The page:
Written by Parveen Maghera
For over 70 years, Marvel Studios has undoubtedly produced and developed its characters with great enthusiasm and distinctiveness, of which I must say, should take pride and dignity of its work and showcases. With over 5000 characters in its library, Marvel has never failed to bring to us a complete package of ultimate superheroes, which have made it to the big screens since 1944.
The Avengers superheroes, in particular, have exhibited their spell-binding personalities on-screen for decades, some of which have relived the comic series while others brought in a brand new plot.
Take Captain America for a start. In his first appearance as a film character in the 1944 black and white film series, which comprised of 15 chapters worth of 244 minutes, the world began to anticipate the real action they have always been imagining through his collection of comics. However, the portrayal of Captain America in the series was a far cry from that. As the audience expected a real life Army Private Steve Rogers, blasting through World War II with his mighty physique against the “Axis Agents, 5th Column Sabateurs and soldiers from Nazi Germany, Fascist Italy and Imperial Japan”, what they received was a District Attorney Grant Gardner, with a .38 calibre pistol.
Nevertheless, it received a 6.7 star rating which is indeed, not bad at all. Dirk Purcell, who starred as Captain America, managed to pull it off well despite being average-sized. The role brought a whole lot of fame to him; after all, he pioneered the first visual character of Captain America. Shortly after the completion of the film, Purcell died of heart attack, due to the strain of filming Captain America, according to historian Raymond Stedman.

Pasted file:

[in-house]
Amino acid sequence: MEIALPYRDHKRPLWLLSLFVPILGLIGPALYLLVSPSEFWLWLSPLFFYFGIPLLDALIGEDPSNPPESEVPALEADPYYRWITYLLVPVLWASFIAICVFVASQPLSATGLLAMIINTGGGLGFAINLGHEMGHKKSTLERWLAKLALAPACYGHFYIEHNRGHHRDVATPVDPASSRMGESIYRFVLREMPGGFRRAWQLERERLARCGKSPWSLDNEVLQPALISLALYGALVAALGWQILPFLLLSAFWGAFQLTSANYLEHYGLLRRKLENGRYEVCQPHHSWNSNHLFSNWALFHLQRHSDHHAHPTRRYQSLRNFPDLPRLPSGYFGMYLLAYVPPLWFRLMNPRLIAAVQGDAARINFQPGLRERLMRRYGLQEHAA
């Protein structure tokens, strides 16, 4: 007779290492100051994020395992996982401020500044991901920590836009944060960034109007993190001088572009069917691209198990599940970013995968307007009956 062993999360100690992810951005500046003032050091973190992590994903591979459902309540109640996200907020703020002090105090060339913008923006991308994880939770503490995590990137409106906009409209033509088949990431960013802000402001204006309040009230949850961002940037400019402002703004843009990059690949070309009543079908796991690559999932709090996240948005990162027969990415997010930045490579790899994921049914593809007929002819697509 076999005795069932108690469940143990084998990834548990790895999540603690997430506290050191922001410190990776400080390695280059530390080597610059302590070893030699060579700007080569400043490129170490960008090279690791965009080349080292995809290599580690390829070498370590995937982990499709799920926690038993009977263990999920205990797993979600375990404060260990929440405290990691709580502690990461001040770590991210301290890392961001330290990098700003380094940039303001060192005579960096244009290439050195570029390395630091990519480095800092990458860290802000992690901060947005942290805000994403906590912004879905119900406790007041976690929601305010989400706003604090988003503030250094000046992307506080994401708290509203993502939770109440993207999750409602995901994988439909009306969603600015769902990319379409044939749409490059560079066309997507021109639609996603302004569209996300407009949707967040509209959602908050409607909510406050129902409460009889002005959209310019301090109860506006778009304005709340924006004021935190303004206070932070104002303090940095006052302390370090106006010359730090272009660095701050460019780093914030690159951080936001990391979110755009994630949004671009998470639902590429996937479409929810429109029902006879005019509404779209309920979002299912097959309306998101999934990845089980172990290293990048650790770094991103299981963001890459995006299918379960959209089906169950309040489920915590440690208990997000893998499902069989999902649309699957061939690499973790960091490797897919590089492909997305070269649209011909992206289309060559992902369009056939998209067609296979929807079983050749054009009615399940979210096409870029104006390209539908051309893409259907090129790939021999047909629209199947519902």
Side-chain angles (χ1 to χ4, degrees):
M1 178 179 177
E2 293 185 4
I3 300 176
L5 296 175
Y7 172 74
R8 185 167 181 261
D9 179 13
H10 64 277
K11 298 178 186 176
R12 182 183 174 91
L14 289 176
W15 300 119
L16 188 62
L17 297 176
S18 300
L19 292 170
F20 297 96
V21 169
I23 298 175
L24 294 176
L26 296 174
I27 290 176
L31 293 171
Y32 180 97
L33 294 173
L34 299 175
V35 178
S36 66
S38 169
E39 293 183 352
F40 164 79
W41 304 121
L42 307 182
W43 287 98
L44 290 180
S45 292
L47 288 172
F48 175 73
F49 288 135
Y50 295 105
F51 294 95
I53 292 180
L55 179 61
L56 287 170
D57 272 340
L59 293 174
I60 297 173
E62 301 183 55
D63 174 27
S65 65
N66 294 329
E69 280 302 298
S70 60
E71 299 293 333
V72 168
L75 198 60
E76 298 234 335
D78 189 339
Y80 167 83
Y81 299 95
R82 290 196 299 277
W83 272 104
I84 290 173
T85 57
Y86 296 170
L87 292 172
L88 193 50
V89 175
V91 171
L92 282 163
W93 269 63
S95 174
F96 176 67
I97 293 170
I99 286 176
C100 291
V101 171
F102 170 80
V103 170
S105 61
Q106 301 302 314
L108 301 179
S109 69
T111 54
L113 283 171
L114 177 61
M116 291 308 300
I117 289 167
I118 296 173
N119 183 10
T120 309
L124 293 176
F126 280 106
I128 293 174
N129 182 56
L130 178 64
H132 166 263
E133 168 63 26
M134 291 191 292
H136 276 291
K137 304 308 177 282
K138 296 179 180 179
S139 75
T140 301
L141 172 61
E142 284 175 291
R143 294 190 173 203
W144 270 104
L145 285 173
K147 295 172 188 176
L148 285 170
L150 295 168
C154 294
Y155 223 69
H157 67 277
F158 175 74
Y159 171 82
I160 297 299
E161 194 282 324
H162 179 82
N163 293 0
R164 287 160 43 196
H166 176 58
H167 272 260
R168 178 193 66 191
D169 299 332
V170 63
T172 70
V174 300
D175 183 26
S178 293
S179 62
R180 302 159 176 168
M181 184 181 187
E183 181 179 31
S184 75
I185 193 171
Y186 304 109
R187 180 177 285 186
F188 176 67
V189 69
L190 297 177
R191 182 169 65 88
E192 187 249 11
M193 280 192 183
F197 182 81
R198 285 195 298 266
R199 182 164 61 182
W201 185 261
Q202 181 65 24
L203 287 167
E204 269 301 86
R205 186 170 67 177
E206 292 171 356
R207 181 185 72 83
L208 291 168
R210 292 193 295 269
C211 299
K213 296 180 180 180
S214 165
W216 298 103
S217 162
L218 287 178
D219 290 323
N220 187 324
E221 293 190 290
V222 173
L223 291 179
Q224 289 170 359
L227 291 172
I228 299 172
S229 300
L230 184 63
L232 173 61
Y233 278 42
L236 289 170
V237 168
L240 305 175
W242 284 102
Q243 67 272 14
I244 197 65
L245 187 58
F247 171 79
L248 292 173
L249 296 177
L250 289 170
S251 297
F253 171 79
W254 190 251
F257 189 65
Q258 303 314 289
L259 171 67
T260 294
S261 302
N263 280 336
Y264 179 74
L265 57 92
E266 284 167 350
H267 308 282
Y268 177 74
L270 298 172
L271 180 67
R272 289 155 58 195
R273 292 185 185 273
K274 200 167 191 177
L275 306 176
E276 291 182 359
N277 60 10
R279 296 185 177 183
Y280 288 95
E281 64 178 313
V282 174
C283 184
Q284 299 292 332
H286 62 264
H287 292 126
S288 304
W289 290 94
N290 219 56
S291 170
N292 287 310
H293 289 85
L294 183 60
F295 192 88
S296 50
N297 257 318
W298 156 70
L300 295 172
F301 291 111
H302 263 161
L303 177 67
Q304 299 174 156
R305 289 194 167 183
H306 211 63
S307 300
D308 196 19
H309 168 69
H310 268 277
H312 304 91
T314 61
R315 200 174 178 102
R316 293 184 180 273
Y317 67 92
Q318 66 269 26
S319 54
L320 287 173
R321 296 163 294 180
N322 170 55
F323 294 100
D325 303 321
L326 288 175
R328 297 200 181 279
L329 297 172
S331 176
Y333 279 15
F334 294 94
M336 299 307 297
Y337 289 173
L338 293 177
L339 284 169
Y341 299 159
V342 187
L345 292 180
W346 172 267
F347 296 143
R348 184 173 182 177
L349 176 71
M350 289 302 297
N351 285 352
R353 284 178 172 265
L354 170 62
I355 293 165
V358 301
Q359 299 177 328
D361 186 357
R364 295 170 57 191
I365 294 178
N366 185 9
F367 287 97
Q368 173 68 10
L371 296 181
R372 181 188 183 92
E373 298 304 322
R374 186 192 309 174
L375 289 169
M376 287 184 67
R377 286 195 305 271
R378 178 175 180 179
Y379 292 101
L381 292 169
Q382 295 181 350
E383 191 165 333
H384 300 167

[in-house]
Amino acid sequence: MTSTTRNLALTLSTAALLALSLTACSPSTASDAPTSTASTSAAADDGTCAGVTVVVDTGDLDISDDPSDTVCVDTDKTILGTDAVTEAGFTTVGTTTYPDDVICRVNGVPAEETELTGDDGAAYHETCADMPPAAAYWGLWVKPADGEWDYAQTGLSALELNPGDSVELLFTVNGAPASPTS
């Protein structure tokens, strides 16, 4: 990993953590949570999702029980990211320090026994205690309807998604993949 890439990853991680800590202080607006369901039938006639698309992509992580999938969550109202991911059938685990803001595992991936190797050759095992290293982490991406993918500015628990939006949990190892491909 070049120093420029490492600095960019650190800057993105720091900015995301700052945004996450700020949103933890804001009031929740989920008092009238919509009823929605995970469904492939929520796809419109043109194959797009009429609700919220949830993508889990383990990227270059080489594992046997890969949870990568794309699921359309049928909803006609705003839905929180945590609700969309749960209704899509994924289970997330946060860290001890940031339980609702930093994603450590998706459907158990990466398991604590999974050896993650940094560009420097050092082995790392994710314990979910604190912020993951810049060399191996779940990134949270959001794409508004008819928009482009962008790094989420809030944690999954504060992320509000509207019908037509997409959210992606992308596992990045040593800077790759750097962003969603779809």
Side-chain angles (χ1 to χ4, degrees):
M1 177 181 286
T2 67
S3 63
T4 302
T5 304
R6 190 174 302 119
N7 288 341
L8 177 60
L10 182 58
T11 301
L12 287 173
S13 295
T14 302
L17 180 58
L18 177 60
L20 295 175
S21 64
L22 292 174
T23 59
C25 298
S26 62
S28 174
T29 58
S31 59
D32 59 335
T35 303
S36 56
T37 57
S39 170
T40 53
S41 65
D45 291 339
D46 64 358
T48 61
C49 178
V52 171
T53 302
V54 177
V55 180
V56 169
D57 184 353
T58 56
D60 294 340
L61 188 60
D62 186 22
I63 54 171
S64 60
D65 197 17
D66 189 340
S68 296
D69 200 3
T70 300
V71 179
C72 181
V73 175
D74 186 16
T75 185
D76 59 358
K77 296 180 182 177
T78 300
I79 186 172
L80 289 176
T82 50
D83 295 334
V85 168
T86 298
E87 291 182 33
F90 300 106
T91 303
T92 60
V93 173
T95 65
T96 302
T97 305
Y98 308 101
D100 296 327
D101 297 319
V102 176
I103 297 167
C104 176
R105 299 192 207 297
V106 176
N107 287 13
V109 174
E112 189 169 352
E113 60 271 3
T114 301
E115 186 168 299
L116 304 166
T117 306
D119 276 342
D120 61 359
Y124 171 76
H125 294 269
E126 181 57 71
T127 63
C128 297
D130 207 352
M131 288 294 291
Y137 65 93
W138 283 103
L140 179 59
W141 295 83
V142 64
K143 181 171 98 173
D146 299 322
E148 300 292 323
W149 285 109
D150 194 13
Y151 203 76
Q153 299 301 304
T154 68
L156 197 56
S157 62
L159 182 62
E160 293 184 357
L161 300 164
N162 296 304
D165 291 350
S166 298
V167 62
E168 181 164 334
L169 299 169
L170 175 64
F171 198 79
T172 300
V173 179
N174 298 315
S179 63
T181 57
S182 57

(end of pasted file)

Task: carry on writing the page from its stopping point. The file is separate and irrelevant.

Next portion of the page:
In 1979 came the television film version of Rod Holcomb’s Captain America, played by Red Brown.The story, yet again resembled nothing from the original comics except for the name Steve Rogers and his American-superhero apparel. Plenty of reviews claimed the film was unexpectedly entertaining, despite receiving a lower rating.
The film progressed with another sequel, Captain America II: Death Too Soon, directed by Ivan Nagy, which adapted the least of the comic plot as well and brought in the equivalent response from that of the first instalment.
Yet, Captain America did not stop here. In 1990, a new film hit the theatres, which credited the comics to a decent extent. Albert Pyun’s Captain America had a wonderful start, with Matt Salinger (Captain America) putting himself against the Nazi’s Red Skull in World War II, ending up frozen until the 1990s and waking up to a whole new mission of saving the President of America from the Red Skulls once again.
The film received a lower rating from that of the previous films, supposedly due to the awkward and abrupt jump from the past to the present.
It was not till 2011 that another Captain America film was produced, Captain America: The First Avenger, which drew a much greater scale of positive responses and of course, what was portrayed was worth a watch.
Chris Evans, who played Captain America, exemplified what the real-life comic character ultimately was and was creditably acclaimed by a large segment of the audience. Joe Johnston managed to give his audiences what they have always been waiting for – a perfect collection of visuals that made the comics, come to life.
Captain America 2 is due to hit theatres in 2014.
Iron Man, one of the many admired and adored superhero after Captain America, made his debut in 2007 as an animated character in The Invincible Iron Man, directed by Patrick Archibald, Jay Oliva and Frank D. Paur (supervising director). Mark Worden lent his vocals for Iron Man’s character.
This animated film had the least adaptation of the comic but it sure did showcase a decent display of effects for an animation.
In 2008, Iron Man: Armored Adventures was released as an animated television series which is currently at its second season. Adrian Petriw has been voicing for Iron Man since the series began and has worked with directors Philippe Guyenne from 2008 to 2009 and Stephane Juffé from 2009 to present.
Well, it was not until the release of the first live-action film of Iron Man that awed the Marvel audience.
Iron Man theoretically made his first live-action debut in Jon Favreau’s 2008 film of the same name, Iron Man, and the man behind the mask is none other than the charming and charismatic Robert Downey Jr.